Observations of a group of very distant galaxies with the "Gran Telescopio CANARIAS (GTC)" show for the first time that the formation of their stars was not continuous
To understand how the first structures in the Universe were formed, astrophysicists study the most distant galaxies. These galaxies, which are very difficult to observe, can be recognized because the spectral lines of their chemical elements are strongly shifted to the red (high values of the “z” parameter). This is the case of the two primitive galaxies (at z = 5.7, which is equivalent to observing them as they were 12,550 million years ago; the present age of the Universe is 13,700 million years) recently observed and analyzed by a team of researchers at the Instituto de Astrofísica de Canarias (IAC) and the Universidad de La Laguna (ULL), using data from the OSIRIS spectrograph on the 10.4m Gran Telescopio CANARIAS (GTC) at the Roque de Los Muchachos Observatory, La Palma.
The two galaxies, which are very close together and are in interaction with a third galaxy, have had at least two bursts of star formation, one of them 100 million years ago, and a more recent burst only two million years old. Contributing to this study, which has just been published in the journal MNRAS Letters, were researchers from the Universidad Complutense de Madrid, and the Centro de Astrobiología (CSIC-INTA). There were also constributions from researchers at the University of Geneva, the public company GRANTECAN, the Instituto de Astrofísica de Cantabria (CSIC-UC) and the University of Bochum , Germany.
The theoretical model presently in vogue, which explains how galaxies formed (the “hierarchical model”), hypothesises that the largest galaxies formed as a consequence of the merger of smaller galaxies. In these processes, often violent, there may be strong bursts of star formation, which contribute to the generation of the newer larger, more massive galaxies than their progenitors.
In recent decades there has been great progress in the study of distant galaxies, thanks to the improved instrumentation on the largest telescopes, and new observing techniques. Even so, a key question which has not been well studied is the nature of star formation in these primitive galaxies. Most previous studies have assumed that the stars formed continuously, gradually using up the gas in the galaxy as this was converted to stars.
Distant galaxies are the objectives of the project SHARDS (Suvery of high-z Absorption of Read and Dead Sources). SHARDS is an ESO/GTC project, which was approved in 2009 (see the press release at: http://www.iac.es/divulgacion.php?op1=16&id=712). The aim of the project is to detect tens of thousands of galaxies over a range of distances, and via detailed study try to understand in greater depth how galaxies have formed during the life of the Universe.
“However, SHARDS can also be used to find galaxies with emission lines. Among these we have picked out two galaxies really near to one another which appear to be in mutual interaction, and also interacting with a third galaxy” says José Miguel Rodríguez Espinosa, researcher at the IAC/ULL, and first author of the published article.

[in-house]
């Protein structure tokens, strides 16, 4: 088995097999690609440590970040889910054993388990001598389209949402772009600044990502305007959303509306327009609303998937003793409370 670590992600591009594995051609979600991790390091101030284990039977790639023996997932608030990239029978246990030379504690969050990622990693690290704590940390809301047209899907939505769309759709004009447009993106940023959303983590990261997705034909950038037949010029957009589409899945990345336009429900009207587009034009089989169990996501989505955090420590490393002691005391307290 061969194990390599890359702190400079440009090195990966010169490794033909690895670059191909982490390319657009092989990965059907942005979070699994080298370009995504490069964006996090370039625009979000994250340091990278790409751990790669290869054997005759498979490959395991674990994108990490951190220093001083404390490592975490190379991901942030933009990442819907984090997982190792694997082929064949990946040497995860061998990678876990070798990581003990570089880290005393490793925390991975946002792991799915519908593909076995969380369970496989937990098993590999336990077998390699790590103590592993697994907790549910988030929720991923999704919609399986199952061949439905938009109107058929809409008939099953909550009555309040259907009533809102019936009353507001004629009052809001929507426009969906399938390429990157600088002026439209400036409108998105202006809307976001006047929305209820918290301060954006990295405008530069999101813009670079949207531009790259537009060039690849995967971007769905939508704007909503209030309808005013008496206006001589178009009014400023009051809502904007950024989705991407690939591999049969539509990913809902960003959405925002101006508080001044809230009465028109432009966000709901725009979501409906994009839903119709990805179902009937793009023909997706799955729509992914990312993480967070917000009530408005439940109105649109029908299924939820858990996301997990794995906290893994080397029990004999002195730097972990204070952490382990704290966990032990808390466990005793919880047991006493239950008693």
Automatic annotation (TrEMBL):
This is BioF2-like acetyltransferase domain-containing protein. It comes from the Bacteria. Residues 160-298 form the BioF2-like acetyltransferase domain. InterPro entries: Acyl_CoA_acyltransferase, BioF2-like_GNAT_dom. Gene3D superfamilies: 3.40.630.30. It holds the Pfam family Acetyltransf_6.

The OSIRIS spectrograph on the GTC has given us the confirmation of a redshift of the two galaxies close to z = 5.07, using the detection of its Lyman-alpha emission (radiation emitted by hydrogen when it is ionized by highly energetic sources, such as youg, massive stars). This line is not easy to detect, because it can be absorbed by the clouds of interstellar gas and dust in the galaxies. Even though these objects emit very weakly, the researchers were able to detect their emission in Lyman-alpha using only two hours of observation with the GTC. Lyman-alpha emission is one of the few tracers available to study the galaxies which formed first during the history of the Universe, because of its cosmological redshift.
The combination of the spectroscopic data with multi-band photometry from the ultraviolet to the visible range has also revealed the presence of two distinct populations of stars in each of the galaxies, a very young population, without much total mass, plus an old population, responsible for the major fraction of the mass of the galaxies observed. “This is the first time-insists Rodríguez Espinosa- that episodic star formation has been detected in very early galaxies, even though it remains to be seen if this type of star formation is common in distant galaxies or whether it is due to the fact that the observed galaxies are in a process of interaction".
The article: “Episodic star formation in a group of LAES at z=5.07”, in the journal MNRAS Letters.
The authors: J.M. Rodríguez Espinosa (IAC/ULL), O. González-Martín (IAC/ULL), N. Castro Rodríguez (IAC/ULL), P.G. Pérez-González (Universidad Complutense de Madrid), J.M. Mas-Hesse (Centro de Astrobiología, CSIC-INTA), C. Muñoz-Tuñón (IAC/ULL), A. Cava (Universidad de Ginebra, Suiza), N. Cardiel (Universidad Complutense de Madrid), A. Cabrera Lavers (GRANTECAN, La Palma), J. Gallego (Universidad Complutense de Madrid), A. Hernán Caballero, (Instituto de Astrofísica de Cantabria, CISC-UC), N. Herrera Ruiz (Universidad de Bochum, Alemania) y N. Ramírez Olivencia (Universidad Complutense de Madrid).